A conductive solenoid could be located on or outward of a circuit board. The conductive solenoid could be positioned on or around the circuit board. The conductive solenoid would deflect charged particles, flying toward the circuit board. The charged particles would not hit an integrated circuit that is within an integrated circuit package, the integrated circuit package being attached to the circuit board.

Alternately, a conductive solenoid could be wrapped around an integrated circuit, the conductive solenoid being located within an integrated circuit package that is attached to a circuit board.

BRIEF DESCRIPTION OF THE DRAWING

FIG. 1 is a perspective view of a conductive solenoid around a circuit board layer.

FIG. 2 is an exploded view of three circuit board layers, a conductive solenoid around a central circuit board layer.

FIG. 3 is a circuit board configuration having a perspective view of a circuit board that has one conductive solenoid within the circuit board, and a block diagram of circuitry to send current through the solenoid, plus a sectional view of a portion of an outer skin of a space vehicle, the space vehicle expressed by means of a phantom line.

FIG. 4 is an exploded view of a magnetically shielded circuit board having seven layers and having two orthogonal conductive solenoids.

FIG. 5 is a circuit board configuration having a perspective view of a circuit board that has two orthogonal conductive solenoids to the exterior of a circuit board, and a block diagram of circuitry to send current through the solenoids.

FIG. 6 is a sectional view of two magnetically shielded integrated circuit packages on a circuit board.

FIG. 7 is a circuit board configuration having a sectional view of a circuit board that has one conductive solenoid within the circuit board, and a block diagram of circuitry to send current through the solenoid, plus a sectional view of a portion of an outer skin of a space vehicle, the space vehicle expressed by means of a phantom line.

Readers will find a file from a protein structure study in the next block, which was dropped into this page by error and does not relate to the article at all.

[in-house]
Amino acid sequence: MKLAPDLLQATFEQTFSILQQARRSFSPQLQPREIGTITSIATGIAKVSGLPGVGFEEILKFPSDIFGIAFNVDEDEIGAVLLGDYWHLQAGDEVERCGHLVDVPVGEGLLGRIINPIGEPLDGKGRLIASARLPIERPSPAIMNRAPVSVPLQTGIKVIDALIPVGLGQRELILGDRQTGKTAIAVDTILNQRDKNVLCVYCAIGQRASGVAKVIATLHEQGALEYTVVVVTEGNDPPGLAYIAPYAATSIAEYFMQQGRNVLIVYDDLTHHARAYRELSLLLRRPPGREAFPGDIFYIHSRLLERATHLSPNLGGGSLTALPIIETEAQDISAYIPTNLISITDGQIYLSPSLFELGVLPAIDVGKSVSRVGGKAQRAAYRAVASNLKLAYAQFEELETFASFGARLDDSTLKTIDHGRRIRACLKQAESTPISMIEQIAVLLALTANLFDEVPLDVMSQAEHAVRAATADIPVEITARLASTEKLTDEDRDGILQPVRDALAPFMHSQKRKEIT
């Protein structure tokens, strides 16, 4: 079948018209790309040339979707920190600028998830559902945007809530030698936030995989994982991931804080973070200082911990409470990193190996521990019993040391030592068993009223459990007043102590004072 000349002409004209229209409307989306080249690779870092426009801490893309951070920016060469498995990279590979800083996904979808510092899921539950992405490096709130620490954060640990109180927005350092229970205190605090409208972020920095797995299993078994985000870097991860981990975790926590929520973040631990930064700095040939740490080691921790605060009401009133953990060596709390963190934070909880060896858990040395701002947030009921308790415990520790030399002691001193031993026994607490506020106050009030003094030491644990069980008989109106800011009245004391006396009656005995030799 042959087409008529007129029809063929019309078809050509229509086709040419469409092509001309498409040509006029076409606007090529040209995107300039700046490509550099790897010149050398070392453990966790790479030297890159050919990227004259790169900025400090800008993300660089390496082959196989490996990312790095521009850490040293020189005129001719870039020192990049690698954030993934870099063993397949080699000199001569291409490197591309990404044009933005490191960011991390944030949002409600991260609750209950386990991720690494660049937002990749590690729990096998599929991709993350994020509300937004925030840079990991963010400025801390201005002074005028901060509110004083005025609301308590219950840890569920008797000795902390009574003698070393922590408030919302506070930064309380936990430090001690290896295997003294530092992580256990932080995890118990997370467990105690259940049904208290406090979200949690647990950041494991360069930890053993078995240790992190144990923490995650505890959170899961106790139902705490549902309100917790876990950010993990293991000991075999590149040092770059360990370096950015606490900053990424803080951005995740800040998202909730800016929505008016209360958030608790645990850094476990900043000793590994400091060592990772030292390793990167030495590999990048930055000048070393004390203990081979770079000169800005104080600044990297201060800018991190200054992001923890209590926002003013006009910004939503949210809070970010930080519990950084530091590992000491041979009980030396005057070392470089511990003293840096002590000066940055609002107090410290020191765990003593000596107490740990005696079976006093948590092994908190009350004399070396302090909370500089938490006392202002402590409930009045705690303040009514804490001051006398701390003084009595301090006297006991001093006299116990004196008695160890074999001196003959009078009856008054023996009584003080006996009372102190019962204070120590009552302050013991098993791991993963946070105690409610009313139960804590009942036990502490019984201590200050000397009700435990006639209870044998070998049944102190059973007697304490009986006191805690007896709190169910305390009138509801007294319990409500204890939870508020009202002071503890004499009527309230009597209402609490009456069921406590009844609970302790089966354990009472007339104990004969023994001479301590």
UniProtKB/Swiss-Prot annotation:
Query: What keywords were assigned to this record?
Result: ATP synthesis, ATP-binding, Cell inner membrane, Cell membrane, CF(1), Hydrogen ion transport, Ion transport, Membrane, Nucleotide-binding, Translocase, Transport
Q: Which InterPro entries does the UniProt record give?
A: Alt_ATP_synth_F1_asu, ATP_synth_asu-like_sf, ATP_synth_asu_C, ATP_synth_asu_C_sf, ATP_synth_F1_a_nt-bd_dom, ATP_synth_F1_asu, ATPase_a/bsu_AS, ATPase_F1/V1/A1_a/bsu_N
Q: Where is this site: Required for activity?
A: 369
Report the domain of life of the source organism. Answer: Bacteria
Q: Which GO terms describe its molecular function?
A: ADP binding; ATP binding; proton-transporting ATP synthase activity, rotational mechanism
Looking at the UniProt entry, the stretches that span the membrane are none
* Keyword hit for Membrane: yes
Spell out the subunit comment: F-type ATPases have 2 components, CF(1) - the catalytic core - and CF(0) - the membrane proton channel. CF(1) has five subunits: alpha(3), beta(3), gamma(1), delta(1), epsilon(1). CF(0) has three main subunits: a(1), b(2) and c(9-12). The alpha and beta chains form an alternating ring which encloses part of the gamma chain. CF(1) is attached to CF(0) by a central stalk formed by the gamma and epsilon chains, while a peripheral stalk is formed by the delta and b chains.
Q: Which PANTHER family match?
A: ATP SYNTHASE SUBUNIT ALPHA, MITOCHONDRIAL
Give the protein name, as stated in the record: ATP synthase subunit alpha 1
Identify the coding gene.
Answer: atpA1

FIG. 8 is a circuit board configuration having a perspective view of a circuit board that has three orthogonal conductive solenoids to the exterior of a circuit board, and a block diagram of circuitry to send current through the solenoids.

DESCRIPTION OF THE PREFERRED EMBODIMENT

FIG. 1 shows an electrically insulative circuit board layer 12 that carries a conductive solenoid 18. The circuit board layer 12 and conductive solenoid 18 can be built into a circuit board, such as a circuit board 6 shown in FIG. 3. Solenoid 18 has a longitudinal axis 19.

As an electrical current is sent through solenoid 18, energy is continuously radiated from solenoid 18. The radiated energy produces a magnetic field 9 shown in FIG. 1. The radiated energy continuously repulses an incoming charged particle 10. Alternately explained, the magnetic field 9 continuously repulses the incoming charged particle 10 that is coming toward solenoid 18 from a direction that is not parallel to longitudinal axis 19.

In FIG. 2, the conductive solenoid 18 is shown as having been wrapped around a circuit board layer 12. The circuit board layer 12 is a part of a circuit board 6 shown in FIG. 3. Circuit board layer 12 and solenoid 18 are covered by electrically insulative layers 13 and 14. The electrically insulative layers 13 and 14 electrically insulate solenoid 18 from other electrical conductors (not shown) and other circuit board layers of circuit board 6.

The conductive solenoid 18 can be composed of copper wire. The conductive solenoid 18 can also be composed of copper metalization that is formed into a solenoidal shape. Gold or aluminum metalization can be used in place of copper metalization. Further the solenoid 18 can be composed of a superconductive material in the shape of wire or metalization. A superconductive wire can be a high temperature superconductive wire. A representative example of such a high temperature superconductive wire is YBa2Cu3O7 superconductive wire. However, other types of high temperature superconductive wire are known in the art.